Excellent discussion. I think that Scott Hall, the bail bondsman who pled guilty in the Georgia RICO case may be more important than you let on. In addition to the Coffee County voting machine charges (which is what Sidney Powell is charged with), he also is the one who had a 63 minute conversation with Jeffrey (no pants) Clark which which got Clark to claim he had a "whistleblower from Georgia" coming to DC-this makes his letter that wasn't sent tied much closer to the Georgia conspiracy. Also, Hall was involved in arranging for some of the people who pressured the election workers to get together and get access. I think that the misdemeanor charges were a sweeter deal for him than it appears on first blush, and he may have more key evidence in firming up these RICO charges. (Unless she's just really crazy, the Coffee County lady who came to DC as a "whistleblower" will plead pretty soon IMHO)

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Oct 11, 2023Liked by Ken White

This morning in the NYAG case, Habba and co-counsel requested a brief ex parte before Judge Engoron. When they came back from chambers:

First thing, Judge clarifies a Q: "We’re having a nonjury trial because this is a nonjury case. "

AG "clearly checked off nonjury and there was no motion for a jury," Justice Engoron says. And "it would not have helped to make a motion. No one forgot to check a box.”

Somebody was getting embarrassed by all the commentary claiming she’d forgotten to check a box!

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Oct 10, 2023Liked by Ken White

The smallest possible constructive criticism for Ken: "calumny" is pronounced with the stress on the first syllable, sort of like "calorie."

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Enjoyable discussion as always.

Re: Mar A Lago value - I did do the Zillow nerd thing AND read the 35 pager.

Best I can tell is that Trump and his chumps including Eric are picking the "I can value it any way I want" fight in to distract from addressing the elements of fraud involved in massively over valuing properties for the purpose of getting loans, and changing that valuation by a lot when going for insurance and tax reductions - using attested statements of Financial Condition which the Mazar's partner (Bender) disavowed.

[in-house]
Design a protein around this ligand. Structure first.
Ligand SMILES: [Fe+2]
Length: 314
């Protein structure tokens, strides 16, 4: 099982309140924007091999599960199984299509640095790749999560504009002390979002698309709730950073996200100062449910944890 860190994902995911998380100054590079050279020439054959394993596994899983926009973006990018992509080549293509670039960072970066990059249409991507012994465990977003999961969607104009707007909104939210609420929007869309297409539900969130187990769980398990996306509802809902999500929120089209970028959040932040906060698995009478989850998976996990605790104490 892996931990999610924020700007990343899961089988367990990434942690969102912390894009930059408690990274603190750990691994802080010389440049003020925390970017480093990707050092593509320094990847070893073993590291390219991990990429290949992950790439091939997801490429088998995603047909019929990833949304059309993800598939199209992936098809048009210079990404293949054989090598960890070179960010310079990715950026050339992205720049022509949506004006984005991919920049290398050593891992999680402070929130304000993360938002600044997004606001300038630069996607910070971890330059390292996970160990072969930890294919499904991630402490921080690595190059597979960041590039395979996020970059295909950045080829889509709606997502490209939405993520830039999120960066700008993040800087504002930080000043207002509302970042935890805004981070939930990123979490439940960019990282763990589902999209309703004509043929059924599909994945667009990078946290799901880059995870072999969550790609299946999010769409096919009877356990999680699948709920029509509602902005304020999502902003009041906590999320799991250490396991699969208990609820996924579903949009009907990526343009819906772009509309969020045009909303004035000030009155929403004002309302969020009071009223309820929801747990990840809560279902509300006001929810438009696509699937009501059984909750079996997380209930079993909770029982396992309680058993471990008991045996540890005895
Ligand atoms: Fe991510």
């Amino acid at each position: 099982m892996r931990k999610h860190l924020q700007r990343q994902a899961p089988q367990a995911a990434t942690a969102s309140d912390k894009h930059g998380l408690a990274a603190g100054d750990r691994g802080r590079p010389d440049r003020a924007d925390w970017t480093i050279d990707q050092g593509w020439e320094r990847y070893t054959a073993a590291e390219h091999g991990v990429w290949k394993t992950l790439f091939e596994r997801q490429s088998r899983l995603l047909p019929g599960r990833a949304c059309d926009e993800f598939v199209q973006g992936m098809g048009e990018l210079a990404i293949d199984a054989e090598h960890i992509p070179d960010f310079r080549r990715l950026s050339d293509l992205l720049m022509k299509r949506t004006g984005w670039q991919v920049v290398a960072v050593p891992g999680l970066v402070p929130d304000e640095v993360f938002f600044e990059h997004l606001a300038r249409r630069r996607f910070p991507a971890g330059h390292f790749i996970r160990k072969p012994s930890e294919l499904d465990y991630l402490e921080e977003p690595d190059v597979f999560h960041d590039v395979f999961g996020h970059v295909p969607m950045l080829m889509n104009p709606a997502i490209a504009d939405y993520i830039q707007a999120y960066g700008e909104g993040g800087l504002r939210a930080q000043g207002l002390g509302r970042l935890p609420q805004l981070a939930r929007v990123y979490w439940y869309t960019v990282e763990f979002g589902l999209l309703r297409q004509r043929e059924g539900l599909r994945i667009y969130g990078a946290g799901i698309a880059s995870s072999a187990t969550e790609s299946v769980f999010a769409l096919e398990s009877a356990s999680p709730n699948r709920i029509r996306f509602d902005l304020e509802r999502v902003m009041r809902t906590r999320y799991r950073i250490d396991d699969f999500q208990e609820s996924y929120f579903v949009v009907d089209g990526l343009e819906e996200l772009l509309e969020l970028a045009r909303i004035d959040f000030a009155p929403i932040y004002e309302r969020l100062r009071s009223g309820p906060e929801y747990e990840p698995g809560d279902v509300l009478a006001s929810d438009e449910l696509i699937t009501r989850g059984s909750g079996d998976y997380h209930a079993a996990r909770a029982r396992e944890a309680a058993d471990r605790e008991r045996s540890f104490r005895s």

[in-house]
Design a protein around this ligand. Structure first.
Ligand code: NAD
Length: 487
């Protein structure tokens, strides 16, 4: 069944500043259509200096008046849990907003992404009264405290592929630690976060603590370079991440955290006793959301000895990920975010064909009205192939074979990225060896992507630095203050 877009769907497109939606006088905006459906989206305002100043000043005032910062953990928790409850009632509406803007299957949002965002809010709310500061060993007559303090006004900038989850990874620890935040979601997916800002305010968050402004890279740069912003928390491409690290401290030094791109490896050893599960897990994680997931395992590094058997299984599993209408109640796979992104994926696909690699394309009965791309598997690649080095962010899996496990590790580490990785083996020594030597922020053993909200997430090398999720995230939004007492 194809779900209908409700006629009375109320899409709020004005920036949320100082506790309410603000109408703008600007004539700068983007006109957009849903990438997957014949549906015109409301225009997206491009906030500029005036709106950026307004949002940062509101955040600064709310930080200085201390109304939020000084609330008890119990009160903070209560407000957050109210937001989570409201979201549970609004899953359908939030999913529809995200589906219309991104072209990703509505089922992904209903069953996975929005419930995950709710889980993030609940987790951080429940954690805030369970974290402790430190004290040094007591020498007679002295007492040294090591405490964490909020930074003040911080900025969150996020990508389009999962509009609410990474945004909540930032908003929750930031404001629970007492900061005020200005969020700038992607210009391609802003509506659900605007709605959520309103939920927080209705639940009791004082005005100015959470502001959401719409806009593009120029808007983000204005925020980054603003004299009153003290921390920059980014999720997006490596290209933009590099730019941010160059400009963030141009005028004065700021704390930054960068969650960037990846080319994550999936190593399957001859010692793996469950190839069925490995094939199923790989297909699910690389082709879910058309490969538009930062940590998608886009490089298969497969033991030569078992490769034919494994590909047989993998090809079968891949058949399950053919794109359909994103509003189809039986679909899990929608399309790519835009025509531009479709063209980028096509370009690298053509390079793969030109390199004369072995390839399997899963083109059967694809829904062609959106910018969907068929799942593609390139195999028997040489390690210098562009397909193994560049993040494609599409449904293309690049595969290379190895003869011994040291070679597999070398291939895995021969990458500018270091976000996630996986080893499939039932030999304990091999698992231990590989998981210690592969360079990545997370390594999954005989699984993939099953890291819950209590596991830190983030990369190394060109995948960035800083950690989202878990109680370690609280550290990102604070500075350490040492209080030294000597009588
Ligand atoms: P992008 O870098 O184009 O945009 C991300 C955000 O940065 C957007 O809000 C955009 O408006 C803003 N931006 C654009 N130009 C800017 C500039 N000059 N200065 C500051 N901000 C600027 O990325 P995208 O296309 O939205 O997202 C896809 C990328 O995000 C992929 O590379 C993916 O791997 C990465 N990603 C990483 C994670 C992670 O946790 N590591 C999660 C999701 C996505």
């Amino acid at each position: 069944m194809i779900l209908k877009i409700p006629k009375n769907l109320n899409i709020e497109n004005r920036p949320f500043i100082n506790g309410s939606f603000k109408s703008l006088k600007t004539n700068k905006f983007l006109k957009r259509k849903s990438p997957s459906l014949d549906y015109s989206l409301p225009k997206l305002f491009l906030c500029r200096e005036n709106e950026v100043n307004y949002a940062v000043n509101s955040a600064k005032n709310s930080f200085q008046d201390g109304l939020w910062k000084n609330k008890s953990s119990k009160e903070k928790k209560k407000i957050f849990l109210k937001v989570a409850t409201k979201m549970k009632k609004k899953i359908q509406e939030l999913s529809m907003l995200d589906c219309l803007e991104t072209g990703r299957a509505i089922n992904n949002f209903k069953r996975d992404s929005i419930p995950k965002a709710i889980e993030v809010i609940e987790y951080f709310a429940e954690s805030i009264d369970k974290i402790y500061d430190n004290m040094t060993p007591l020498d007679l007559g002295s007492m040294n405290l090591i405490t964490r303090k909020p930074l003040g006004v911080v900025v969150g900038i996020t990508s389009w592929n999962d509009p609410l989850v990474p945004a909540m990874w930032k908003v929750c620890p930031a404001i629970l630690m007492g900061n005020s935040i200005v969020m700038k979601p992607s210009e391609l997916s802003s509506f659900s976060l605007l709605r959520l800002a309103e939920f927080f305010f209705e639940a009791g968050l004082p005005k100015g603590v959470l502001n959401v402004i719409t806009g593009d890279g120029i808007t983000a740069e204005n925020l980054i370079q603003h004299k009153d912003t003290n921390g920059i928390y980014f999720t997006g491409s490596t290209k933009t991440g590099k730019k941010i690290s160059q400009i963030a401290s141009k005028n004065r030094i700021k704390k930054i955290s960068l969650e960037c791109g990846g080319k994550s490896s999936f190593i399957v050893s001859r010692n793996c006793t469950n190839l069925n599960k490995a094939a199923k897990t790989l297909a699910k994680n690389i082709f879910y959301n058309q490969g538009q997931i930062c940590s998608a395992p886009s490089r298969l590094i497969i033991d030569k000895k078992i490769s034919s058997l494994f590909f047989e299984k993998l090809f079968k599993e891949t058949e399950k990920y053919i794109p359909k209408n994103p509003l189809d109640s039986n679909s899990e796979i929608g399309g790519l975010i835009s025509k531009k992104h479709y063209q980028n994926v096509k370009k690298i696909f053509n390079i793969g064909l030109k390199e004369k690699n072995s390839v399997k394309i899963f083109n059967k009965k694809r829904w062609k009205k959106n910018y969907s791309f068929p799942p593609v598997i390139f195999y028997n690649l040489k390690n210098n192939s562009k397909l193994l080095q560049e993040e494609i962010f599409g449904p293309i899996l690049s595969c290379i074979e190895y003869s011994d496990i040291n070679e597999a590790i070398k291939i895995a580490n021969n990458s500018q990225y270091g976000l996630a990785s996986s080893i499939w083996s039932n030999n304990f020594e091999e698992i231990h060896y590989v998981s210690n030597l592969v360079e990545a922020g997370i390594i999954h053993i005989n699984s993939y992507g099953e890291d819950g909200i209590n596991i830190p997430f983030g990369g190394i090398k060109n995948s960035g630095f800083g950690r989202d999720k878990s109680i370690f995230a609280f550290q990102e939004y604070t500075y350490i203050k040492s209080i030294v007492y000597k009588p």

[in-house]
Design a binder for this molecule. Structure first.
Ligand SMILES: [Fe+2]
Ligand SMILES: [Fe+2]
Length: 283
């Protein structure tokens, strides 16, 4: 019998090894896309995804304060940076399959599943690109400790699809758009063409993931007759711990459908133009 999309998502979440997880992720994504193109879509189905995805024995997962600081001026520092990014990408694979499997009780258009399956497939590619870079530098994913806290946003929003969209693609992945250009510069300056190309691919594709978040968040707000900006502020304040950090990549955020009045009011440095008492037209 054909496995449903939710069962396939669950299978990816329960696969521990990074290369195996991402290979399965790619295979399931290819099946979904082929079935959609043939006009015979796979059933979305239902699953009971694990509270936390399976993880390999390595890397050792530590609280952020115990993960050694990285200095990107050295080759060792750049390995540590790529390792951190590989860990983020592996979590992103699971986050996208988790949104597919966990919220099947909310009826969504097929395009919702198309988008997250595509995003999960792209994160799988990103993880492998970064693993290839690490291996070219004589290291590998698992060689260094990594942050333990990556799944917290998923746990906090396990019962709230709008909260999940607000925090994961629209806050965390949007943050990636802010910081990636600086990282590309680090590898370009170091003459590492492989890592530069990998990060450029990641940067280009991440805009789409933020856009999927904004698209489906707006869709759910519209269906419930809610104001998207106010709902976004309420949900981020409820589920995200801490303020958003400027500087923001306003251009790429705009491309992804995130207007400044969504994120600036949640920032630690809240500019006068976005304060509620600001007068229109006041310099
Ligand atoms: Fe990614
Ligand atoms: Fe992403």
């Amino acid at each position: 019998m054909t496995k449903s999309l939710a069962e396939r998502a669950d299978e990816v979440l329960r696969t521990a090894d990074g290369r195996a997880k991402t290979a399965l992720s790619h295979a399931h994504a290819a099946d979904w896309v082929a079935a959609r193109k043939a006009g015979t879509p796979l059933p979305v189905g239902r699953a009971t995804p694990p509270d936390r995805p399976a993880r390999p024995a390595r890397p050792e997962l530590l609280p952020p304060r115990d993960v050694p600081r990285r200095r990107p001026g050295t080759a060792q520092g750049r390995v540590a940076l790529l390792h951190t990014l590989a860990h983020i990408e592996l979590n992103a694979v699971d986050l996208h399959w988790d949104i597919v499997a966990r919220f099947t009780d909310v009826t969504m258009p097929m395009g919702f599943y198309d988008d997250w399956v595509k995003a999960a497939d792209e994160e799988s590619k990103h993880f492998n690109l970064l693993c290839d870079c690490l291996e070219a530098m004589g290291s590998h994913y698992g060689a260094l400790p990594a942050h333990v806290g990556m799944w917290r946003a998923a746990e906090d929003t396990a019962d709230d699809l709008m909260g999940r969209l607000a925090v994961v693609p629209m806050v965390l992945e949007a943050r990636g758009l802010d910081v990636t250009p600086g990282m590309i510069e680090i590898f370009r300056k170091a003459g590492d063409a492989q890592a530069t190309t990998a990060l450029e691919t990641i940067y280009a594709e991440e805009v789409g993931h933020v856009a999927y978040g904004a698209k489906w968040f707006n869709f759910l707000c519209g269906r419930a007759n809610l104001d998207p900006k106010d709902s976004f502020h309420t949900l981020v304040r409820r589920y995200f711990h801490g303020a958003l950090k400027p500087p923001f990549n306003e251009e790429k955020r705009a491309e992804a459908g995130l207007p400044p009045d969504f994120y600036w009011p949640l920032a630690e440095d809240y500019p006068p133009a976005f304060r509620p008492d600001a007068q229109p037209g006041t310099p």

As far as fun with Zillow - as Josh points out, there are restrictions on the property (I believe more than just the "must be a social club one) that change the value. Just now I pulled the Zillow "sold" page for the area... maxes out around $22 million in the area, just for interest.

The really fun part of that was that Zillow showed MarALago had been sold about a month ago to an entity owned by Don Jr for $244 million.

The sale info was quickly yanked and Don Jr denied it loudly.

I remember wondering at the time if that got the attention of the Judge monitoring Trump Org.

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I’d also suggest that this isn’t a conversation about what MAL is worth — it’s a conversation about how the Trump org values it.

Both the absurdly low number and the absurdly high ones came FROM THE TRMP ORG, attested to on government paperwork. The lowest number actually came from Trump SUING THE COUNTY to get a lower valuation.

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Maybe even better - the Trumps *want* the conversation to be about what MAL is worth, because the two-faced valuation from the Trump org itself is indefensible.

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The funniest thing in this episode was Josh & Ken attempting to curry favor with all the Italians they have offended by wishing each other a happy Genocider...er...Columbus Day.

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Waiting for the commemorative blankets to hit the Merch store

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Oct 16, 2023·edited Oct 18, 2023

If Trump's lawyers unsuccessfully argue against a gag order that will make Trump a better client, are they good lawyers or bad lawyers?

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This video is regarding the, apparently, widespread practice in NY Commerical Real estate of greatly exaggerating the Sq footage of properties. I previously mentioned, in response to some of the comments in a previous episode that the importance of the AG suing the Trump Org. is to prevent systematic risk in the entire real estate market. All of that property being used for collateral, that is 1/2 or 1/4 of the size claimed creates a huge risk to the financial system - that the taxpayers will no doubt have the pleasure of bailing out. https://www.youtube.com/watch?v=h8Rq5CJBWnk&ab_channel=LouisRossmann

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So back when I was a mortgage banker, the exposure I had to this had to do with office buildings. Square footage in office buildings is quoted with a "loss factor" -- that is, if you rent an office space that is actually 7,300 square feet, you might be charged for 10,000 square feet, applying a "loss factor" of 27% to account for the common areas of the building that aren't rented to anyone but must exist for the benefit of the tenants -- the lobby, elevator banks, common bathrooms, hallways, etc.